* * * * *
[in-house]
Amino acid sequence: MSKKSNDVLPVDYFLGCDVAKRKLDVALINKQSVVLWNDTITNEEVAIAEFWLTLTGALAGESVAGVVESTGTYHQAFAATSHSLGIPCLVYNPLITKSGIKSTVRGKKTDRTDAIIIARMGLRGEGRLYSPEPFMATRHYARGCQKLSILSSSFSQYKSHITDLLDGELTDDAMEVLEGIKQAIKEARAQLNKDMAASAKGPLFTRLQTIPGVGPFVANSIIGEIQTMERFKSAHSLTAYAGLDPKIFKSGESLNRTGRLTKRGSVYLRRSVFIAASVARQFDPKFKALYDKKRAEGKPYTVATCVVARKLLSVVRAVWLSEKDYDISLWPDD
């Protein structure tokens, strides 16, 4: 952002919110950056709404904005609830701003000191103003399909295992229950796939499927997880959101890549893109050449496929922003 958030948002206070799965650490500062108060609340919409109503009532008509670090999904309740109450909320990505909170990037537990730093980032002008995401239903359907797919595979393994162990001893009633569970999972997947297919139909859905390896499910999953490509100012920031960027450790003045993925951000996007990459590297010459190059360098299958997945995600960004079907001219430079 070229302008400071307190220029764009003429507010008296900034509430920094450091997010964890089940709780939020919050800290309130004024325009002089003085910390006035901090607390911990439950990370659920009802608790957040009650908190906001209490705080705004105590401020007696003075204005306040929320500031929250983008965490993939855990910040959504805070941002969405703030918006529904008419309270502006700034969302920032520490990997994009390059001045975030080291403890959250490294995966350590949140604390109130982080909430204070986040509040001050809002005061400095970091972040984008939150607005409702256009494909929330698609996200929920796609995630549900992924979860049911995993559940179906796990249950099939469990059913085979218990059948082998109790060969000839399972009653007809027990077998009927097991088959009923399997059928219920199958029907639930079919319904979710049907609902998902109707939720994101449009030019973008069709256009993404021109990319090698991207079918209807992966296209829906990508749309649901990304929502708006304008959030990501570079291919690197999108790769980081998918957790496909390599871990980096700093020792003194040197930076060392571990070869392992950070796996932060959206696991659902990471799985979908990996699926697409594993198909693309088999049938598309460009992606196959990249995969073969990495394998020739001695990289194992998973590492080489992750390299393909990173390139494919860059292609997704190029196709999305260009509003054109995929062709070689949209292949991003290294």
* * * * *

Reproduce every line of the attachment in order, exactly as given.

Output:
[in-house]
Amino acid sequence: MSKKSNDVLPVDYFLGCDVAKRKLDVALINKQSVVLWNDTITNEEVAIAEFWLTLTGALAGESVAGVVESTGTYHQAFAATSHSLGIPCLVYNPLITKSGIKSTVRGKKTDRTDAIIIARMGLRGEGRLYSPEPFMATRHYARGCQKLSILSSSFSQYKSHITDLLDGELTDDAMEVLEGIKQAIKEARAQLNKDMAASAKGPLFTRLQTIPGVGPFVANSIIGEIQTMERFKSAHSLTAYAGLDPKIFKSGESLNRTGRLTKRGSVYLRRSVFIAASVARQFDPKFKALYDKKRAEGKPYTVATCVVARKLLSVVRAVWLSEKDYDISLWPDD
């Protein structure tokens, strides 16, 4: 952002919110950056709404904005609830701003000191103003399909295992229950796939499927997880959101890549893109050449496929922003 958030948002206070799965650490500062108060609340919409109503009532008509670090999904309740109450909320990505909170990037537990730093980032002008995401239903359907797919595979393994162990001893009633569970999972997947297919139909859905390896499910999953490509100012920031960027450790003045993925951000996007990459590297010459190059360098299958997945995600960004079907001219430079 070229302008400071307190220029764009003429507010008296900034509430920094450091997010964890089940709780939020919050800290309130004024325009002089003085910390006035901090607390911990439950990370659920009802608790957040009650908190906001209490705080705004105590401020007696003075204005306040929320500031929250983008965490993939855990910040959504805070941002969405703030918006529904008419309270502006700034969302920032520490990997994009390059001045975030080291403890959250490294995966350590949140604390109130982080909430204070986040509040001050809002005061400095970091972040984008939150607005409702256009494909929330698609996200929920796609995630549900992924979860049911995993559940179906796990249950099939469990059913085979218990059948082998109790060969000839399972009653007809027990077998009927097991088959009923399997059928219920199958029907639930079919319904979710049907609902998902109707939720994101449009030019973008069709256009993404021109990319090698991207079918209807992966296209829906990508749309649901990304929502708006304008959030990501570079291919690197999108790769980081998918957790496909390599871990980096700093020792003194040197930076060392571990070869392992950070796996932060959206696991659902990471799985979908990996699926697409594993198909693309088999049938598309460009992606196959990249995969073969990495394998020739001695990289194992998973590492080489992750390299393909990173390139494919860059292609997704190029196709999305260009509003054109995929062709070689949209292949991003290294």